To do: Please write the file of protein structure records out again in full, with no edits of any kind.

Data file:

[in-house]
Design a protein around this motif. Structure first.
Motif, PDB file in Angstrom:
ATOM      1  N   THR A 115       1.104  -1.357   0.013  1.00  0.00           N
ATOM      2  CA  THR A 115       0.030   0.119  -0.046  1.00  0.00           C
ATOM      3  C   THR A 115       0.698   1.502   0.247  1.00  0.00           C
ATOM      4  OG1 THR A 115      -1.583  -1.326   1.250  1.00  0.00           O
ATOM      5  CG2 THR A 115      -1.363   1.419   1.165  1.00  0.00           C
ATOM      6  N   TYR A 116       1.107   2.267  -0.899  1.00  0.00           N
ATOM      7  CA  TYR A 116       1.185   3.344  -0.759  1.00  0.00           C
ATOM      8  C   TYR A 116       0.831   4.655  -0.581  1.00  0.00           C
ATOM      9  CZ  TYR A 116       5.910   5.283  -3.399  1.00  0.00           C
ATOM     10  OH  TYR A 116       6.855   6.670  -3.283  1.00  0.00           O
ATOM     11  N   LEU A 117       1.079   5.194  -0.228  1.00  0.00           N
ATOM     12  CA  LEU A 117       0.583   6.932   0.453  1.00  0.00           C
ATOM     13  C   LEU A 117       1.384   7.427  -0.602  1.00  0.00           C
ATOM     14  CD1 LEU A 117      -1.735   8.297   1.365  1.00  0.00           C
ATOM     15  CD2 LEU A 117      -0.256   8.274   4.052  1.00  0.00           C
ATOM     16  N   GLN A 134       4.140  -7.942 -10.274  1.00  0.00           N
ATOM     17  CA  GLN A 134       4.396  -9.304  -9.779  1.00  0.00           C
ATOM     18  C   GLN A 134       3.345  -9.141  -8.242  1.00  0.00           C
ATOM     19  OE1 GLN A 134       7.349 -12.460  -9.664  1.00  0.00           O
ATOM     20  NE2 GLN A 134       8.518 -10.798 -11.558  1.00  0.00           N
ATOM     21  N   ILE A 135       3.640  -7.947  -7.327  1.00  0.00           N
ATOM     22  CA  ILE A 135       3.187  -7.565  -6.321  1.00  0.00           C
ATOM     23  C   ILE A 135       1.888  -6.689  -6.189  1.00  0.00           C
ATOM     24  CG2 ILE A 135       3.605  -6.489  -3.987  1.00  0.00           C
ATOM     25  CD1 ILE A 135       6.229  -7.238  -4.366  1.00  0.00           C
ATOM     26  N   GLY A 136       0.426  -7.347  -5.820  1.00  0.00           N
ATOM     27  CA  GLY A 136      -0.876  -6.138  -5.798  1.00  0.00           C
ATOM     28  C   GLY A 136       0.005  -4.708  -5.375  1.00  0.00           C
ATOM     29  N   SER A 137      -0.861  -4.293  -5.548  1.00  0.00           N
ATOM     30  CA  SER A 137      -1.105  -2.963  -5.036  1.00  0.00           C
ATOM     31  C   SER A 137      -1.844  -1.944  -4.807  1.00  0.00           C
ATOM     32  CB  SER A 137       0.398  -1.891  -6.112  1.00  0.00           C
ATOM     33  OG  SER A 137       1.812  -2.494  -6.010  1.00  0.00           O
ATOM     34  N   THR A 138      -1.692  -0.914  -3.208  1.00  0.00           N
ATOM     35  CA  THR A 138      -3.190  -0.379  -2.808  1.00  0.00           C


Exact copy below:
[in-house]
Design a protein around this motif. Structure first.
Motif, PDB file in Angstrom:
ATOM      1  N   THR A 115       1.104  -1.357   0.013  1.00  0.00           N
ATOM      2  CA  THR A 115       0.030   0.119  -0.046  1.00  0.00           C
ATOM      3  C   THR A 115       0.698   1.502   0.247  1.00  0.00           C
ATOM      4  OG1 THR A 115      -1.583  -1.326   1.250  1.00  0.00           O
ATOM      5  CG2 THR A 115      -1.363   1.419   1.165  1.00  0.00           C
ATOM      6  N   TYR A 116       1.107   2.267  -0.899  1.00  0.00           N
ATOM      7  CA  TYR A 116       1.185   3.344  -0.759  1.00  0.00           C
ATOM      8  C   TYR A 116       0.831   4.655  -0.581  1.00  0.00           C
ATOM      9  CZ  TYR A 116       5.910   5.283  -3.399  1.00  0.00           C
ATOM     10  OH  TYR A 116       6.855   6.670  -3.283  1.00  0.00           O
ATOM     11  N   LEU A 117       1.079   5.194  -0.228  1.00  0.00           N
ATOM     12  CA  LEU A 117       0.583   6.932   0.453  1.00  0.00           C
ATOM     13  C   LEU A 117       1.384   7.427  -0.602  1.00  0.00           C
ATOM     14  CD1 LEU A 117      -1.735   8.297   1.365  1.00  0.00           C
ATOM     15  CD2 LEU A 117      -0.256   8.274   4.052  1.00  0.00           C
ATOM     16  N   GLN A 134       4.140  -7.942 -10.274  1.00  0.00           N
ATOM     17  CA  GLN A 134       4.396  -9.304  -9.779  1.00  0.00           C
ATOM     18  C   GLN A 134       3.345  -9.141  -8.242  1.00  0.00           C
ATOM     19  OE1 GLN A 134       7.349 -12.460  -9.664  1.00  0.00           O
ATOM     20  NE2 GLN A 134       8.518 -10.798 -11.558  1.00  0.00           N
ATOM     21  N   ILE A 135       3.640  -7.947  -7.327  1.00  0.00           N
ATOM     22  CA  ILE A 135       3.187  -7.565  -6.321  1.00  0.00           C
ATOM     23  C   ILE A 135       1.888  -6.689  -6.189  1.00  0.00           C
ATOM     24  CG2 ILE A 135       3.605  -6.489  -3.987  1.00  0.00           C
ATOM     25  CD1 ILE A 135       6.229  -7.238  -4.366  1.00  0.00           C
ATOM     26  N   GLY A 136       0.426  -7.347  -5.820  1.00  0.00           N
ATOM     27  CA  GLY A 136      -0.876  -6.138  -5.798  1.00  0.00           C
ATOM     28  C   GLY A 136       0.005  -4.708  -5.375  1.00  0.00           C
ATOM     29  N   SER A 137      -0.861  -4.293  -5.548  1.00  0.00           N
ATOM     30  CA  SER A 137      -1.105  -2.963  -5.036  1.00  0.00           C
ATOM     31  C   SER A 137      -1.844  -1.944  -4.807  1.00  0.00           C
ATOM     32  CB  SER A 137       0.398  -1.891  -6.112  1.00  0.00           C
ATOM     33  OG  SER A 137       1.812  -2.494  -6.010  1.00  0.00           O
ATOM     34  N   THR A 138      -1.692  -0.914  -3.208  1.00  0.00           N
ATOM     35  CA  THR A 138      -3.190  -0.379  -2.808  1.00  0.00           C